Course helps people navigate demands of caregiving
Published: Saturday, March 2, 2013 at 6:01 a.m.
Last Modified: Friday, March 1, 2013 at 6:06 p.m.
Ana Arreola dreams of bubble baths.
What: Training sessions for caregivers of people with Alzheimer's or dementia
When/Where: The six-week course meets once a week for two hours; 2-4 p.m. Mondays, April 1-May 6, Elder Options, 100 SW 75th St.; and 2-4 p.m. Tuesdays, June 4-July 9, The Village, 8000 NW 27th Blvd.
Cost: Free; space is limited
Contact: For more information or to register, send an email to Tom Rinkoski at firstname.lastname@example.org
She wakes up before dawn each day, and when 7 a.m. rolls around, she takes her 16-year-old son to P.K. Yonge. Then she runs errands.
When she returns home at around 10:30 a.m., she drifts into her room and lets the sound of music roll over her.
This is her time; her sacred mornings.
The tune changes when her mother wakes up at 11, usually screaming out her name.
“She needs immediate attention,” said Arreola, whose mother has Alzheimer’s disease.
Caregivers of people with Alzheimer’s and dementia are often unprepared for the task they’re taking on.
But a new a program in Gainesville aims to help them handle the stress associated with caregiving.
Savvy Caregiver, a six-week program funded by the state Department of Elder Affairs, began in February and quickly filled its 15-seat capacity.
Tom Rinkoski, the course trainer, said he realized the demand for the free course when another 18 people asked to be put on a waiting list.
Training courses have been added for April and June.
“People desperately want to talk,” he said. “(They) come to this because they prefer training, prefer a practical approach, but they still want to talk and learn what to do.”
Rinkoski said he includes topics like physical therapy and communication techniques in the course.
The two-hour sessions can’t cover every topic, Rinkoski said, so students — most of whom are in their 50s and 60s — are assigned homework to help them apply what they are learning to their personal lives.
Last week, he said, he showed his class a video outlining the six stages of dementia.
He said he asked the class to go home and figure out what stage their loved one was in, so caregivers could address how to communicate with them based on what they learned about dementia and how it affects conversation.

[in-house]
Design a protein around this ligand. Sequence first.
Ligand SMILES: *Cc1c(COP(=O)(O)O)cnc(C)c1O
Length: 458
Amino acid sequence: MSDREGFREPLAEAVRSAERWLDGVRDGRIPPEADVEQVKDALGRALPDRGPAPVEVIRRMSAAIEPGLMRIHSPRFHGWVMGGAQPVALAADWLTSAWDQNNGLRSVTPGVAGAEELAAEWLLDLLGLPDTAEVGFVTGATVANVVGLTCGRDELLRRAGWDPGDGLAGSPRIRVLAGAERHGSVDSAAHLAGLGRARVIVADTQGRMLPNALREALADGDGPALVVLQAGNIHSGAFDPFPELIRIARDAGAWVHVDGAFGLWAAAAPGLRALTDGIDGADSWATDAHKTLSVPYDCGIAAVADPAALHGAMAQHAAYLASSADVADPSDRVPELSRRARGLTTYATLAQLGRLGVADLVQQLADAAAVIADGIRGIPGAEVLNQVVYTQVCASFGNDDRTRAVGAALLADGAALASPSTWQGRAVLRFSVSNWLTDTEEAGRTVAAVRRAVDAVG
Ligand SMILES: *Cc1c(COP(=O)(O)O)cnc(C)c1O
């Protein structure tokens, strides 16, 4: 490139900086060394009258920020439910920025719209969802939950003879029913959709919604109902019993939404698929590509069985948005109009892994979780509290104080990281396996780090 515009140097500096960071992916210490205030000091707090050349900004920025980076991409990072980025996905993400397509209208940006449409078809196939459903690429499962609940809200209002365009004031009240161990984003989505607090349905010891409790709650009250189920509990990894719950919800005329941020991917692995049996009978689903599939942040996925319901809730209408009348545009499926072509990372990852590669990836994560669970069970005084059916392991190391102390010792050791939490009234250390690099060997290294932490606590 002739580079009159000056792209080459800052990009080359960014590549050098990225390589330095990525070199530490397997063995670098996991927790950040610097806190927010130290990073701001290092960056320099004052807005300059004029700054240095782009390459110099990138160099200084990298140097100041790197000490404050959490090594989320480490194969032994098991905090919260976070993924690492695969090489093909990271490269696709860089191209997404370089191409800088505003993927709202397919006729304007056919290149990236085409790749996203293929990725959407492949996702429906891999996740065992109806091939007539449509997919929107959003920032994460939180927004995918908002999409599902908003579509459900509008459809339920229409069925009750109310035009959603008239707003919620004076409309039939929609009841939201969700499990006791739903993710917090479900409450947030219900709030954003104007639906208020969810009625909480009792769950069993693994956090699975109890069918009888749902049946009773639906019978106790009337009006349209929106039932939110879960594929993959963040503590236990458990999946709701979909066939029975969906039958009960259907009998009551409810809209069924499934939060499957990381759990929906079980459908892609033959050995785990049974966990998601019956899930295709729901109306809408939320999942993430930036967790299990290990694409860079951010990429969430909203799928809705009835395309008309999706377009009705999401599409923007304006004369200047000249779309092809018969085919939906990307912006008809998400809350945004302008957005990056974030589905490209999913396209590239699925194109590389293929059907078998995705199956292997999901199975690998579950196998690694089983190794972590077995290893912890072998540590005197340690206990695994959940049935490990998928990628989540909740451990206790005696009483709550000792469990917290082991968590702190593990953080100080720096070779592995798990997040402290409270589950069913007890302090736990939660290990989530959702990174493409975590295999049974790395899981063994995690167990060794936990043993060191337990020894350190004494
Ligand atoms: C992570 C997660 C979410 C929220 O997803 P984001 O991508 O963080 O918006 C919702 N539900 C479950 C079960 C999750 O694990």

One in eight Americans older than 65 has Alzheimer’s, the most common form of dementia, according to the Chicago Health and Aging Project.
The disease runs its course throughout a four- to eight-year period, according to the National Institutes of Health.
Hallmark signs of the disease include memory loss, difficulty completing familiar tasks and confusion with time and place.
In 2008, about 5 million Americans had Alzheimer’s, according to the Alzheimer’s Association.
Nearly 7 million are projected to have the disease by 2025.
In Florida, 450,000 people had Alzheimer’s and 590,000 are projected to have the disease by 2025.
Meanwhile, more than 15 million people across the U.S. served as caregivers for people with Alzheimer’s in 2011, according to the Alzheimer’s Association.
Caregivers provided more than 17 billion hours of unpaid care at an estimated cost of $210 billion, according to association statistics.
Almost 1 million of those caregivers hailed from the Sunshine State, providing 1.1 billion hours of unpaid service at an estimated cost of $13 billion.
Olivia Jenkins has cared for her mother for the last three years.
She washes her mother’s clothes, buys her food and helps her bathe.
“Sometimes it gets overwhelming because she’ll tell me 25 times to do something I’ve already done,” said Jenkins, 68.
Jenkins said she knew that her mother, who is 96, would gradually come to forget more and more. She didn’t anticipate the wave of emotions, though.
Savvy Caregiver has helped her realize the importance in managing her time to make sure she can squeeze in a Zumba class or spend time with her husband, she said.
“If you find yourself in this position, you really need to make sure you have a support group,” she said. “You’re going to need help. You can’t do it by yourself.”
Savvy Caregiver has taught Arreola that her frustration is normal, though sometimes she said she still feels out of place.
Arreola, 50, is a single mother, caring for a son and a parent. She gave up her job as a nutritionist to care for her mother 24/7 when she moved into Arreola’s home in 2008.
“The class took away that resentment I had toward my mother,” Arreola said. “All the things she does that annoy me, she doesn’t know she’s doing them, and I have to remember that.”
Sometimes her mother protests taking showers. Persuading her mother to bathe becomes a 15-minute back-and-forth battle. Arreola said she gets so frustrated sometimes that she wants to tell her mother to stay dirty. But then she feels guilty, and remembers this supersedes her mother’s control, and tries again.
When her mother sleeps or plays solitaire, Arreola said she tries to give herself some time, bearing in mind that she could be needed within minutes.
“I dream of bubble baths,” she said. “I try to take one when I can, try to get images out of my mind. You focus on what you can do, one day at a time.”